Fisher R-80 Tiger Moth

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R-80 Tiger Moth
Fisher R80, Rangiora, Canterbury, New Zealand, July 2007 (759808389).jpg
Role Kit aircraft
National origin Canada
Manufacturer Fisher Flying Products
First flight 1994
Introduction 1994
Number built 24 (2011)[1]
Unit cost
US$14,999 (2015)

The Fisher R-80 Tiger Moth is a Canadian two-seat, conventional landing gear, single engined, biplane kit aircraft designed for construction by amateur builders. The designation indicates that the aircraft is 80% the size of the aircraft that inspired it, the de Havilland Tiger Moth. Fisher Flying Products was originally based in Edgeley, North Dakota, USA but the company is now located in Woodbridge, Ontario, Canada.[1][2][3][4][5][6]

Development[edit]

The R-80 was designed by Fisher Aircraft in the United States in 1994 and was intended to comply with the US Experimental - Amateur-built category, although it qualifies as an ultralight aircraft in some countries, such as Canada. It also qualifies as a US Experimental Light Sport Aircraft. The R-80's standard empty weight is 560 lb (254 kg) when equipped with a 100 hp (75 kW) Norton AE 100R engine and it has a gross weight of 1,150 lb (522 kg).[3][5]

The construction of the R-80 is of wood, with the wings, tail and fuselage covered with doped aircraft fabric. The aircraft features interplane struts and cabane struts. Like the original Tiger Moth, the R-80 has no flaps. The R-80's main landing gear is bungee suspended. Cockpit access is via the lower wing. The company claims an amateur builder would need 600 hours to build the R-80.[3][5]

Specified engines for the R-80 version have included the 80 hp (60 kW) Geo Tracker auto-conversion engine and the 100 hp (75 kW) Norton AE 100R rotary engine.[2][3][5]

By late 2011 more than 24 R-80s were flying.[1]

In 2000 Fisher introduced a welded 4130 steel tube fuselage as an alternative to the standard wooden fuselage. This version featured a LOM M132 engine of 120 hp (89 kW), a gross weight of 1,350 lb (612 kg) and was developed at the request of customers. The steel fuselage version was known as the RS-80. Six RS-80s had been completed by the end of 2004.[7] Since the company moved to Canada, the RS-80 option is no longer available.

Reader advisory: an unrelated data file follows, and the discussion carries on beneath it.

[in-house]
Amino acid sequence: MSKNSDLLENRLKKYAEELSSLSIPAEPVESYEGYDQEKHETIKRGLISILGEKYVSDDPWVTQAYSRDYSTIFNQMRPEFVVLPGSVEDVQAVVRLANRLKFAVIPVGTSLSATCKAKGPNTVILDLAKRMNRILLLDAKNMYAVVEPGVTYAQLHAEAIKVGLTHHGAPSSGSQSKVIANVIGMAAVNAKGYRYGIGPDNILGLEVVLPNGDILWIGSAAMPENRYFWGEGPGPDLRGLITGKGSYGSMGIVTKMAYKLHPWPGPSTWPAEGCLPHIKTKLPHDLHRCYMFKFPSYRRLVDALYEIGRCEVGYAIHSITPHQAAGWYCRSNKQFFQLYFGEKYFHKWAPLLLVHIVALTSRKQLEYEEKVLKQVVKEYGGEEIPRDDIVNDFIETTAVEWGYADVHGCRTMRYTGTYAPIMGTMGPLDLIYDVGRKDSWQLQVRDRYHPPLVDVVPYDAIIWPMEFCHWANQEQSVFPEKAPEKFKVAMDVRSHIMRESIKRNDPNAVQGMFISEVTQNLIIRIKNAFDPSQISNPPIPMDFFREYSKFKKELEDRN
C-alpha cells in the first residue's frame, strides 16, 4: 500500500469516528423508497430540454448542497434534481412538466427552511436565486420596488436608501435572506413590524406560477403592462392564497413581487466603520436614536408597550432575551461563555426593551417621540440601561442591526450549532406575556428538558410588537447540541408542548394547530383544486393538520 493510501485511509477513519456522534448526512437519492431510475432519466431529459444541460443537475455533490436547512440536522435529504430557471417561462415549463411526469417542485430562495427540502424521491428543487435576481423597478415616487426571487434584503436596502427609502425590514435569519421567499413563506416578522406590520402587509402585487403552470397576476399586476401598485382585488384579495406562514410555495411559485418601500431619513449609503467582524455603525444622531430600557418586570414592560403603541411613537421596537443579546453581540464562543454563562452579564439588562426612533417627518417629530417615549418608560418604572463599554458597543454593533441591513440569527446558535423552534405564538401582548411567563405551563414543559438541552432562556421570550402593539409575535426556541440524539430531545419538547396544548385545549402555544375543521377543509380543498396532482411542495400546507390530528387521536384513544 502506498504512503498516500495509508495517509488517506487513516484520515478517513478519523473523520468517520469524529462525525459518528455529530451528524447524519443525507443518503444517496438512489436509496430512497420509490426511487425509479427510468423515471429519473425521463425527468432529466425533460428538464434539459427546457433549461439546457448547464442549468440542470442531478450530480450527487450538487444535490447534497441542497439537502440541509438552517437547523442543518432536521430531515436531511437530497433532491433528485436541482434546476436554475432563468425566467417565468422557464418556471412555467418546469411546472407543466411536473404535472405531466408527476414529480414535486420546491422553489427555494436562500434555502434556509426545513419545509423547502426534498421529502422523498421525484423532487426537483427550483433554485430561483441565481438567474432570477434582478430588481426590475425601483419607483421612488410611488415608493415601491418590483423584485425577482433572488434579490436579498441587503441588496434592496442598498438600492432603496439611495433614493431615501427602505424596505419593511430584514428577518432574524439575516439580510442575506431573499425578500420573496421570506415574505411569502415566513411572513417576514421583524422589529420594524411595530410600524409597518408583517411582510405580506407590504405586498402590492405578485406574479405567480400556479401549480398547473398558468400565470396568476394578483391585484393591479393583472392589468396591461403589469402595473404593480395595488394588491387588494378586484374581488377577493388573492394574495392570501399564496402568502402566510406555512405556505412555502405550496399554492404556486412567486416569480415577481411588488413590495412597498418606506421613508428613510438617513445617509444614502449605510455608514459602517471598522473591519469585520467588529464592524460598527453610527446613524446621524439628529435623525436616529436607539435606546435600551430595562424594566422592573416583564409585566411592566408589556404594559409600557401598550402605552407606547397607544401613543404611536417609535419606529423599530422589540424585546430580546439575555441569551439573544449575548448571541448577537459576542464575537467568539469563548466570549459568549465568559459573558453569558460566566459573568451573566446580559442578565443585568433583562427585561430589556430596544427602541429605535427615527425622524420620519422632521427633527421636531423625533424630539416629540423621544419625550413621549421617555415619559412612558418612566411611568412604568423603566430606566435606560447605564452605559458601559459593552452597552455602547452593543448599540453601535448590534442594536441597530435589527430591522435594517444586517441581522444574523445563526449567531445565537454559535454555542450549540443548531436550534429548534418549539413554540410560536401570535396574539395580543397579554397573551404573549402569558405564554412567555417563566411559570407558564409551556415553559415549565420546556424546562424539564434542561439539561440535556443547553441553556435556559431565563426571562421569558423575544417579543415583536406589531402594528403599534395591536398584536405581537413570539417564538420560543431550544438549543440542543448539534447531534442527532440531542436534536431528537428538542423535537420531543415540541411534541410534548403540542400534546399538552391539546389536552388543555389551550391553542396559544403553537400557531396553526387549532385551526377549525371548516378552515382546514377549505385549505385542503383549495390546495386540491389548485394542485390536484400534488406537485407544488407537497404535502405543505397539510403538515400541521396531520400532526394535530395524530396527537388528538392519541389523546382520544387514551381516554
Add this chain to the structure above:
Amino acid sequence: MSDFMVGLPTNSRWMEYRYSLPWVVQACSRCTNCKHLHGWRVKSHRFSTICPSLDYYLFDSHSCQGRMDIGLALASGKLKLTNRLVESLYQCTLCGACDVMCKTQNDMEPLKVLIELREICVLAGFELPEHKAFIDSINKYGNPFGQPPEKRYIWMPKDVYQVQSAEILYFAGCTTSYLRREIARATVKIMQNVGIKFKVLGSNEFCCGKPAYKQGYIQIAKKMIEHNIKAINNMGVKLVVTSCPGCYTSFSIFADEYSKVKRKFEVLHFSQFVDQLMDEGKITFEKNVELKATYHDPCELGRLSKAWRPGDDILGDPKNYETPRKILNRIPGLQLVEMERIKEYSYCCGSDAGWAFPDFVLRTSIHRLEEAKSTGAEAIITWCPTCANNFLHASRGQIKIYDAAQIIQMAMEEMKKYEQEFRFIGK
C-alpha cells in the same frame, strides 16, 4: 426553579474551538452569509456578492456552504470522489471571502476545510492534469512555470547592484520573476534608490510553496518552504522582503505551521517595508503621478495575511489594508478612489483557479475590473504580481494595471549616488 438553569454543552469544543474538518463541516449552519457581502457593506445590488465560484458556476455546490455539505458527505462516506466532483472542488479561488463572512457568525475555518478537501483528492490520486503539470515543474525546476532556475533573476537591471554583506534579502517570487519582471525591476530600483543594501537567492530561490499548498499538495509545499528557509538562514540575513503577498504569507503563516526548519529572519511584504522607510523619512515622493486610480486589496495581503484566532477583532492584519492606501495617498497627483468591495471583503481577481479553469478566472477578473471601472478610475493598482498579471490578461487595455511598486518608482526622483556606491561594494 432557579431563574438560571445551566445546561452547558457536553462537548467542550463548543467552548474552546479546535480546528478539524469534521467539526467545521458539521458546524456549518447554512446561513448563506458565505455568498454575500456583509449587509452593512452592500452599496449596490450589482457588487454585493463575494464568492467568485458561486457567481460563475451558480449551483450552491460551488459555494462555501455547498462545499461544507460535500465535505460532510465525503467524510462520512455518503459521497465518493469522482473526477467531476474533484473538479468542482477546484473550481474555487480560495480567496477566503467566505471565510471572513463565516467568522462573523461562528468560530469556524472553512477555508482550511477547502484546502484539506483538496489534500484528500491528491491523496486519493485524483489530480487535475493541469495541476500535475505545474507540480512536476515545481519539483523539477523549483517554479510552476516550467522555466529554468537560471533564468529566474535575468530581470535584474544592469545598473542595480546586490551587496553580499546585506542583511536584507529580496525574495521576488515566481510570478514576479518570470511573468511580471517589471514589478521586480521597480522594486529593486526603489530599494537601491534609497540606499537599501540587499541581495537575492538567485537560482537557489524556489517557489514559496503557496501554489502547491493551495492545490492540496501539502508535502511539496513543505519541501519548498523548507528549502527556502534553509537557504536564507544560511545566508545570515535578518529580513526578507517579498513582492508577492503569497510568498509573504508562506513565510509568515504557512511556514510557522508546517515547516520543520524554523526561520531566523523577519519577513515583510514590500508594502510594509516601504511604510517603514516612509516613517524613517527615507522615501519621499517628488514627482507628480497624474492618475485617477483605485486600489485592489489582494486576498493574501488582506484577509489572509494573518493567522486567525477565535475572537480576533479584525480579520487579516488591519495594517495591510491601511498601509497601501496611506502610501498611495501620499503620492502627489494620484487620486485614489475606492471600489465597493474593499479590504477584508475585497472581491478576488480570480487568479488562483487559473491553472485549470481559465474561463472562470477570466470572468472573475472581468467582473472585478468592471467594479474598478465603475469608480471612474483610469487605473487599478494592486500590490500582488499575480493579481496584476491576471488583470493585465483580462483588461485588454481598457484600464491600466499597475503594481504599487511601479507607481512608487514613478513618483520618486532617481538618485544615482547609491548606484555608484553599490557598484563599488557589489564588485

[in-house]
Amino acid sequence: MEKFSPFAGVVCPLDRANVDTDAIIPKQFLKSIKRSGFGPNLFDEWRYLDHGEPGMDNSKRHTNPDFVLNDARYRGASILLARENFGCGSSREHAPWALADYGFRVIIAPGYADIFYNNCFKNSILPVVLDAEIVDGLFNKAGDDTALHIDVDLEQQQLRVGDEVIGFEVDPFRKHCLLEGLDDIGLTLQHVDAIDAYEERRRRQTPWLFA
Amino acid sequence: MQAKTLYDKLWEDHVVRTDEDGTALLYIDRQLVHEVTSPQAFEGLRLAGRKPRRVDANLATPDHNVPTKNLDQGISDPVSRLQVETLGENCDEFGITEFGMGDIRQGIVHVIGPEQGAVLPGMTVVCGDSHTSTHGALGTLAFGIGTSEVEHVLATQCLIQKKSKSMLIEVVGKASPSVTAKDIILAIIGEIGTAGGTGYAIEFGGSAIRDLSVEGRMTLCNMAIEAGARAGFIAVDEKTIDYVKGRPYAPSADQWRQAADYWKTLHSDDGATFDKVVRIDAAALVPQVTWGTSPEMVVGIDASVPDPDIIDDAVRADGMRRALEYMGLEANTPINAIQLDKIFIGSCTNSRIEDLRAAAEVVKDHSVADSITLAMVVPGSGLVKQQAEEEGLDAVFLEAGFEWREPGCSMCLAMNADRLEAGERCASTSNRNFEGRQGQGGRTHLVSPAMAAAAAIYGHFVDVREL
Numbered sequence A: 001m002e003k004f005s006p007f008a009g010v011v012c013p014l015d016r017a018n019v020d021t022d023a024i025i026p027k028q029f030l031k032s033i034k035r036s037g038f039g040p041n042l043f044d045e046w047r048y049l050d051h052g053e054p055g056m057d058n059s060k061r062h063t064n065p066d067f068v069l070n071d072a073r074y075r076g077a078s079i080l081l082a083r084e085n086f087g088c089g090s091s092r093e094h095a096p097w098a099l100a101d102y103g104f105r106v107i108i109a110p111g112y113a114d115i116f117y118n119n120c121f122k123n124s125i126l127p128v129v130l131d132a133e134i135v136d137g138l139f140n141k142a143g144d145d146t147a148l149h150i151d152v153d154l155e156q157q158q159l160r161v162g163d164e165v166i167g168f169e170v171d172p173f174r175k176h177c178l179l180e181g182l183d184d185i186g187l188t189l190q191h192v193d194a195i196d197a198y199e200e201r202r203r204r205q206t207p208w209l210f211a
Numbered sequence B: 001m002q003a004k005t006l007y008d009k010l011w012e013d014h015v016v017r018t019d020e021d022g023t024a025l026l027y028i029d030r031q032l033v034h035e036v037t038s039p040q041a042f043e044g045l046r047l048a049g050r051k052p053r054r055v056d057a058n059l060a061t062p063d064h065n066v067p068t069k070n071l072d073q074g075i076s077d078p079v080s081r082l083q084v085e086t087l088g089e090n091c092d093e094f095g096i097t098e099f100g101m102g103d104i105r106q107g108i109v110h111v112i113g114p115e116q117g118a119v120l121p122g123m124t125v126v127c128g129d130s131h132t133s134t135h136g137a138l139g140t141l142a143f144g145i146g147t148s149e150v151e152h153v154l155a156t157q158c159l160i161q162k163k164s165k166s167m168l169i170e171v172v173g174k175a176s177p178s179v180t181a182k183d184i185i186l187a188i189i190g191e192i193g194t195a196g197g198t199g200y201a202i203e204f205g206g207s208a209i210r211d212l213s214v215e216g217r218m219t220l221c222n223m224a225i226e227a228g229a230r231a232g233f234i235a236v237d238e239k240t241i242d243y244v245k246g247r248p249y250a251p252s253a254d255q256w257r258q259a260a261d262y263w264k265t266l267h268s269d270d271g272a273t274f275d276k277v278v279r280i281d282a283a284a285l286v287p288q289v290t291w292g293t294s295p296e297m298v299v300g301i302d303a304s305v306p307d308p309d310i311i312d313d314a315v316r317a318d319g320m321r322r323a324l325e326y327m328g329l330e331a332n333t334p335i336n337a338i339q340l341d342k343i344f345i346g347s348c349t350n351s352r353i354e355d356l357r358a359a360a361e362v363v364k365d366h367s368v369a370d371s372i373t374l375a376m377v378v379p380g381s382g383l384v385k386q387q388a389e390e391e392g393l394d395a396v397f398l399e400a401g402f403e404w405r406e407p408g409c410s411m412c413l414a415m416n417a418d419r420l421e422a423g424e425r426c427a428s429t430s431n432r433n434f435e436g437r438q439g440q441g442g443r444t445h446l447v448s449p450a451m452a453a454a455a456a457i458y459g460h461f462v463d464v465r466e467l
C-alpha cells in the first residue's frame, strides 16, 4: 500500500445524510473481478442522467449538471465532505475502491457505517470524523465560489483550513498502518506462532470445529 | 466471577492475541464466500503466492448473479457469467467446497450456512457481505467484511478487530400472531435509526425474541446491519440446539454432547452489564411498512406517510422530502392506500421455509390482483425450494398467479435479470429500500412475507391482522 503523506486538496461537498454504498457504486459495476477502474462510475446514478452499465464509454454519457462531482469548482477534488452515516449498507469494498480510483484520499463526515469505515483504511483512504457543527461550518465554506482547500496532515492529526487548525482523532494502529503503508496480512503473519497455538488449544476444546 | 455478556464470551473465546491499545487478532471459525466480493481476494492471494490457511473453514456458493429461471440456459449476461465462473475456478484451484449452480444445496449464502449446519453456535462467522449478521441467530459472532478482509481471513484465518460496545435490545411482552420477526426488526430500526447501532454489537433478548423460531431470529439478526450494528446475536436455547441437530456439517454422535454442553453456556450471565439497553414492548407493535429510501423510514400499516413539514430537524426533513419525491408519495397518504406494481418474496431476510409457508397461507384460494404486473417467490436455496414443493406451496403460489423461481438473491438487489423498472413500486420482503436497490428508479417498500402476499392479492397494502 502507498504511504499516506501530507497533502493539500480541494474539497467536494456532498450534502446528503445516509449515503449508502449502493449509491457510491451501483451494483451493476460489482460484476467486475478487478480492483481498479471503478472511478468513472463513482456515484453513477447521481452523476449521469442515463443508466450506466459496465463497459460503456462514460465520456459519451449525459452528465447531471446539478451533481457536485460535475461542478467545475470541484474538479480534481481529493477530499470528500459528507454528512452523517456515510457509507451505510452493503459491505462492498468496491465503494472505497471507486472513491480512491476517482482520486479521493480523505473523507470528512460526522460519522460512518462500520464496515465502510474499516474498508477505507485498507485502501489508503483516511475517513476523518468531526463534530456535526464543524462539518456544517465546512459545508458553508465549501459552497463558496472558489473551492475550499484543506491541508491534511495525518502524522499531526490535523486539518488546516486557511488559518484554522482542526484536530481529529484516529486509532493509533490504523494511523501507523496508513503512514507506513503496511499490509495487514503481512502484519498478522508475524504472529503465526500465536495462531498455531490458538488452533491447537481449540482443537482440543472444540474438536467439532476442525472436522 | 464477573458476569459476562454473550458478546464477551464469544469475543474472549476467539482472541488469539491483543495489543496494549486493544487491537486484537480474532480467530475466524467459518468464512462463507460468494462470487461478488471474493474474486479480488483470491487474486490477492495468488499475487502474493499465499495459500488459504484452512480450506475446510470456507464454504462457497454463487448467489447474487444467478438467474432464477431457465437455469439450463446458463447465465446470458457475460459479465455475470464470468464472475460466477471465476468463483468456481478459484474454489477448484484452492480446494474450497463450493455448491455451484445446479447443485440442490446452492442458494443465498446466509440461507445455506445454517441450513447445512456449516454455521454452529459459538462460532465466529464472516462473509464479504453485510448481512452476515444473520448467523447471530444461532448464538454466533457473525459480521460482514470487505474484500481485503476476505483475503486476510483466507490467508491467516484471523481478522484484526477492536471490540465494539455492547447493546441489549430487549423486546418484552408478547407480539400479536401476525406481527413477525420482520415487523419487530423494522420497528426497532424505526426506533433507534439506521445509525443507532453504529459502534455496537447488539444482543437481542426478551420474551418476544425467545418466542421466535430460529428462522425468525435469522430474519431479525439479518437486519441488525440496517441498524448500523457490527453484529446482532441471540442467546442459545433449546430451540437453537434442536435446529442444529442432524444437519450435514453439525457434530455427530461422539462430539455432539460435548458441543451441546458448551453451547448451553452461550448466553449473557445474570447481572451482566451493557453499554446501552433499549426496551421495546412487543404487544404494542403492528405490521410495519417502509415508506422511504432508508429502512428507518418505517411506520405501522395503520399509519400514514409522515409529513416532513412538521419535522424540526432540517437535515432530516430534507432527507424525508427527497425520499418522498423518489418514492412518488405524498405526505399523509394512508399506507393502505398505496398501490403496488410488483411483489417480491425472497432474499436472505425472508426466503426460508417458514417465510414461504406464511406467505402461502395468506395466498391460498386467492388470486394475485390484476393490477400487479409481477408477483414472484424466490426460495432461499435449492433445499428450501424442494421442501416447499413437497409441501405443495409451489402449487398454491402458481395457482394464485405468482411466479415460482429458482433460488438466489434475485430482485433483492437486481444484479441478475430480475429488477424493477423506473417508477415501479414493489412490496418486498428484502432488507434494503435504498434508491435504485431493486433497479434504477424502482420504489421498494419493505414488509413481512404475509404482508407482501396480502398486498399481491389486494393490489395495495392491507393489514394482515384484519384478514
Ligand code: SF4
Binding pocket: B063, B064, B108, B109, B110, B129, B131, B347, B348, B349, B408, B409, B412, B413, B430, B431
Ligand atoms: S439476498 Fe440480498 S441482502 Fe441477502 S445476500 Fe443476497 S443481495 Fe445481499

In reviewing the R-80 Ben Millspaugh wrote in Kitplanes Magazine:

Operational history[edit]

In 2000 African Flying Adventures purchased four RS-80 kits to be used for tourist flying in Zimbabwe.[7]

Variants[edit]

R-80
Original version with wooden fuselage[2][3][5]
RS-80
Version with welded 4130 steel tube fuselage, introduced in 2000 and discontinued 2008.[7]

Aircraft on display[edit]

Specifications (R-80)[edit]

Data from Company website, AeroCrafter & Kitplanes[2][3][4][5]

General characteristics

Performance

Notable appearances in media[edit]

In 2015, an R-80 Tiger Moth built by Jerry Boughner was featured in the Taylor Swift video Wildest Dreams. [9]

See also[edit]

Related development
Aircraft of comparable role, configuration and era

References[edit]

  1. ^ a b c Vandermeullen, Richard: 2011 Kit Aircraft Buyer's Guide, Kitplanes, Volume 28, Number 12, December 2011, page 54. Belvoir Publications. ISSN 0891-1851
  2. ^ a b c d Downey, Julia: Kit Aircraft Directory 2005, Kitplanes, Volume 21, Number 12, December 2004, page 58. Belvoir Publications. ISSN 0891-1851
  3. ^ a b c d e f Purdy, Don: AeroCrafter - Homebuilt Aircraft Sourcebook, page 160. BAI Communications. ISBN 0-9636409-4-1
  4. ^ a b Kitplanes Staff: 1999 Kit Aircraft Directory, Kitplanes, Volume 15, Number 12, December 1998, page 48. Primedia Publications. IPM 0462012
  5. ^ a b c d e f g Fisher Flying Products. "R-80 Tiger Moth". Retrieved 2009-10-23. 
  6. ^ Tacke, Willi; Marino Boric; et al: World Directory of Light Aviation 2015-16, page 108. Flying Pages Europe SARL, 2015. ISSN 1368-485X
  7. ^ a b c AvWeb Staff (July 2000). "Fisher Tiger Moth Replicas To Let You See Africa Low And Slow". Retrieved 2009-10-18. 
  8. ^ "Aircraft". Tillamook Air Museum. Retrieved 27 June 2017. 
  9. ^ "Fisher R-80 Tiger Moth in Latest Taylor Swift Video". September 14, 2015. Retrieved October 24, 2015. 

External links[edit]